Monday, February 3, 2014

Religion Versus Grace

    When I was in first grade, I didn’t have any of my closest friends in my homeroom class.  This made life particularly difficult at lunch since I didn’t have anyone really to cut up with and talk to at the lunch table.  I longed for a friend to share that time with.  I don’t know if Jimmy picked up on my desires or if it was something else, but one day, as he sat across from me, he said, “Kevin, I will be your friend...if...if you give me your dessert.”

    You see, when I was in first grade, I wasn’t necessarily enthusiastic about eating in the cafeteria too often.  My mom fixed me a lunch most of the time.  There was always a sandwich and some chips, and for dessert, I usually had one of the several varieties of Little Debbie snack cakes.  For the early months of first grade, this was usually enough to satisfy my hunger easily, and to begin with, I felt like I could spare the calories.  I wanted a friend, badly, so I gave up my dessert.

    Each day, I’d give Jimmy my dessert, and each day he’d proclaim his friendship of me.  But then there came a day...  Yes, then there came a day when my stomach cried out in hunger.  I was a growing boy, and I had played to my heart’s content at recess, and I wanted to eat my dessert.  “Jimmy, I am really, really hungry today.  I really, really want to eat my dessert.”

    “But then I won’t be your friend.”

    “But I’m hungry.”

    “I won’t be your friend.”

    I thought for just a few moments.  I desperately wanted a friend, but I was hungry.  As I thought, I also came to the conclusion that I was tired of giving Jimmy my desserts. 

    “I’m going to eat my dessert.”

    “I’m not your friend.”

    And so it is with much of life.  For the most part, if we want to receive anything, we have to pay a price for it.  If we want a particular item in the store, we have to pay money.  If we want a good paying job, we have to pay to go to school or spend years climbing the corporate ladder.  If we want to be respected by others, we have to accumulate wealth or wisdom.  If we want to be loved, we have to show love to another.  There always seems to be strings attached–with a price tag–for things and for relationships.  Some even extend this particular aspect of human life to our relationship with God.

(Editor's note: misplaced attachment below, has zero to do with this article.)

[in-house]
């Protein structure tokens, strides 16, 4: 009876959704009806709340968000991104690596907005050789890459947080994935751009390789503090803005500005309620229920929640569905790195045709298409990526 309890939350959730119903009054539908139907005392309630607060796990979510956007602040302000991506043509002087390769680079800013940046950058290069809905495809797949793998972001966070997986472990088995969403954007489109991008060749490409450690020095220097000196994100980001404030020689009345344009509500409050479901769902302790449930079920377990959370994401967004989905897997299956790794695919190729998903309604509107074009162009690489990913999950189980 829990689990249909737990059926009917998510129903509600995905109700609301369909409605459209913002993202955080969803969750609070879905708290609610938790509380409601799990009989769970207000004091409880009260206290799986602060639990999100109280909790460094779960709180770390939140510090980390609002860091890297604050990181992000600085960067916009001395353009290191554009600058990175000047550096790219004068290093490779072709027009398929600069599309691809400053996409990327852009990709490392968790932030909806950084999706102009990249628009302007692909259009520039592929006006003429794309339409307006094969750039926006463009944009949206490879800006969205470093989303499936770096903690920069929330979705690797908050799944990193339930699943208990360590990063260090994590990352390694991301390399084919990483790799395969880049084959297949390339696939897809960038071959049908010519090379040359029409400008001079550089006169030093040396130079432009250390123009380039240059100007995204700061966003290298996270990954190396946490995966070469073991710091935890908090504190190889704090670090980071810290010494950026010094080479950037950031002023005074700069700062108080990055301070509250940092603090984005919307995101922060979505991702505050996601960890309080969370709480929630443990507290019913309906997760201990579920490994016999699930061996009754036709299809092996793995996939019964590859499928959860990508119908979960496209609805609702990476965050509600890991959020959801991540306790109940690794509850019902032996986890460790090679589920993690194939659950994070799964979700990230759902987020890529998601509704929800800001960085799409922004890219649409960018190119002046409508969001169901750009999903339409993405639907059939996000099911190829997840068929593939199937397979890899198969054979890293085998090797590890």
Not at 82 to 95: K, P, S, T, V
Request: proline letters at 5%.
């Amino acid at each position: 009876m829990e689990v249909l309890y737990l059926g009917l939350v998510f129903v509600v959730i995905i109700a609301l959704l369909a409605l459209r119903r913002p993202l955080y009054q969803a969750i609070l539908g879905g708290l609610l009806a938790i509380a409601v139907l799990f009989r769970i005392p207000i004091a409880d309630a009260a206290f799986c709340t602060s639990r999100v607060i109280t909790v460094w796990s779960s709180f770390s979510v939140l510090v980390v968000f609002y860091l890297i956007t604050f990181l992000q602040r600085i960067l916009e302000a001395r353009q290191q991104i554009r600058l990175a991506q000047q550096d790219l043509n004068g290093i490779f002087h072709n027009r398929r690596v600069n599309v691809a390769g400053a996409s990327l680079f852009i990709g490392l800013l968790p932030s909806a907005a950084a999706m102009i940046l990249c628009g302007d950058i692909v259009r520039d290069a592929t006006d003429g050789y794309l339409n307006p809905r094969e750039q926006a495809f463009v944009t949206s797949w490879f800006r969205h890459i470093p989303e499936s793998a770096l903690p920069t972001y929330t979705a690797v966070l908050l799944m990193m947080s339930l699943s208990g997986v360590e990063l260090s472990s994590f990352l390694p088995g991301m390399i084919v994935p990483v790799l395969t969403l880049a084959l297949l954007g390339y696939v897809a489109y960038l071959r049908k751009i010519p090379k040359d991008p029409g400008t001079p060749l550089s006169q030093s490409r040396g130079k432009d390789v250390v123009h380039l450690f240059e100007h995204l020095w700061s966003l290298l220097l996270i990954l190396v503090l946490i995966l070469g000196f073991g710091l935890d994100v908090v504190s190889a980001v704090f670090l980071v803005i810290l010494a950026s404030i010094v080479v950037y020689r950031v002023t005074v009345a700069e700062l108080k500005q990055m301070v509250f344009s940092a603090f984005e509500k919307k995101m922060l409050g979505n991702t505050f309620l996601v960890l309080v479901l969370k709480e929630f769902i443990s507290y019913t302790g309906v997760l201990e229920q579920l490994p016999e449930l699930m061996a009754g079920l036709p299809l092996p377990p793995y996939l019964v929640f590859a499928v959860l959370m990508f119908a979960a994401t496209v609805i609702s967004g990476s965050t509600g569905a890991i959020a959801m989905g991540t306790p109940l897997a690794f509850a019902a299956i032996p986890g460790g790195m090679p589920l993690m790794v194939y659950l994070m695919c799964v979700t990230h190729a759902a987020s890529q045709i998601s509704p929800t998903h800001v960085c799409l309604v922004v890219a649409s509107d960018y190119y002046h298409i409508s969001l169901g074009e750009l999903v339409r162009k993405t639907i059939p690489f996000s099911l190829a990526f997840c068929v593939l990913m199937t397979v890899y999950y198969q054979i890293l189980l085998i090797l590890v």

The thinking goes, “If I want God to love me, then I have to be obedient to Him.  If I want to get God’s attention, then I have to do the things He commands me to do.”  This is what is at the heart of what many people in our society today consider religion.  If I am obedient, then I will get the blessings. 

    If I believe enough in God and trust God enough, He will bring me wealth.

    If I pray a certain amount each day, my sickness will be healed.

    If I put enough in the offering plate, the Lord will multiply it 10 fold.

    If I work hard enough for justice, the Kingdom of God will come to earth.

    If I use my prophetic voice and speak against wealth and privilege, then people will see how radical faith is and flock to church.

    If we do the right things, then we will experience the blessings.  Do you see how this supposedly works?

    In many congregations today, our first lesson will be read, and many will pick up on the final verse read.  I can’t tell you how many times I have heard this verse repeated by colleagues who are focused almost completely on the concept of justice, “He has told you, O mortal, what is good; and what does the Lord require of you but to do justice, love kindness and to walk humbly with your God.”  Micah 6:8 This is what the Lord requires of us, and we have to do it!  All the focus and attention will go here, and many will begin proclaiming their vision of what it means to do justice, love kindness, and walk humbly with God.  Many will talk about feeding the hungry, combating systemic poverty and racism, and treating others with kindness and respect.